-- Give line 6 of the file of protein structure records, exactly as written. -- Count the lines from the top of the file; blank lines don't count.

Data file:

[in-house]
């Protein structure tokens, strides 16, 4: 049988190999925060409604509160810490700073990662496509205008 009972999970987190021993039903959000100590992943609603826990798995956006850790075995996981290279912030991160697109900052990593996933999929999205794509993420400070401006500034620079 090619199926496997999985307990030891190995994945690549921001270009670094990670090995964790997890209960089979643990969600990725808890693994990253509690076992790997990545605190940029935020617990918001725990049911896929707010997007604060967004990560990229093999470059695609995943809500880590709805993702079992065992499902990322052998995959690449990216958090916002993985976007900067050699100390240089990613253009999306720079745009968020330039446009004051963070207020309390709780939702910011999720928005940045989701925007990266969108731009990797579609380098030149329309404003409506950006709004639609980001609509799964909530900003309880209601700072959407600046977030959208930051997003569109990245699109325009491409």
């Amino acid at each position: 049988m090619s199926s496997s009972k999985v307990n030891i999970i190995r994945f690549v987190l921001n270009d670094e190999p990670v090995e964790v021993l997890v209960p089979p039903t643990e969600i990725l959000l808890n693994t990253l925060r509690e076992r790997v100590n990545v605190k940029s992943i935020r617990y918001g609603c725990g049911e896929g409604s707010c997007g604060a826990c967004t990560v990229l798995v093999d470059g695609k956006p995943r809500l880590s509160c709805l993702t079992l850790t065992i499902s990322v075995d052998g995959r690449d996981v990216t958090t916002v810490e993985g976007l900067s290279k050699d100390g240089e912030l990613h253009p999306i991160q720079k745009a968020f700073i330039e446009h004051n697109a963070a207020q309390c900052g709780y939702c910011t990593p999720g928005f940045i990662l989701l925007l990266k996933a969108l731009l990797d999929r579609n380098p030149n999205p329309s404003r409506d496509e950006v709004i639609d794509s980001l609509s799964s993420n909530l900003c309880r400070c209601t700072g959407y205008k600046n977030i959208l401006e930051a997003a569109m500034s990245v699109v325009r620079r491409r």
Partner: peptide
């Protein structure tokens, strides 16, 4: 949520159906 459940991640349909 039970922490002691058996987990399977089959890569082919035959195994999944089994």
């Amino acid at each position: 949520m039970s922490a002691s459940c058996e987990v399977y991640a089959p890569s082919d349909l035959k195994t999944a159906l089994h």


């Amino acid at each position: 949520m039970s922490a002691s459940c058996e987990v399977y991640a089959p890569s082919d349909l035959k195994t999944a159906l089994h």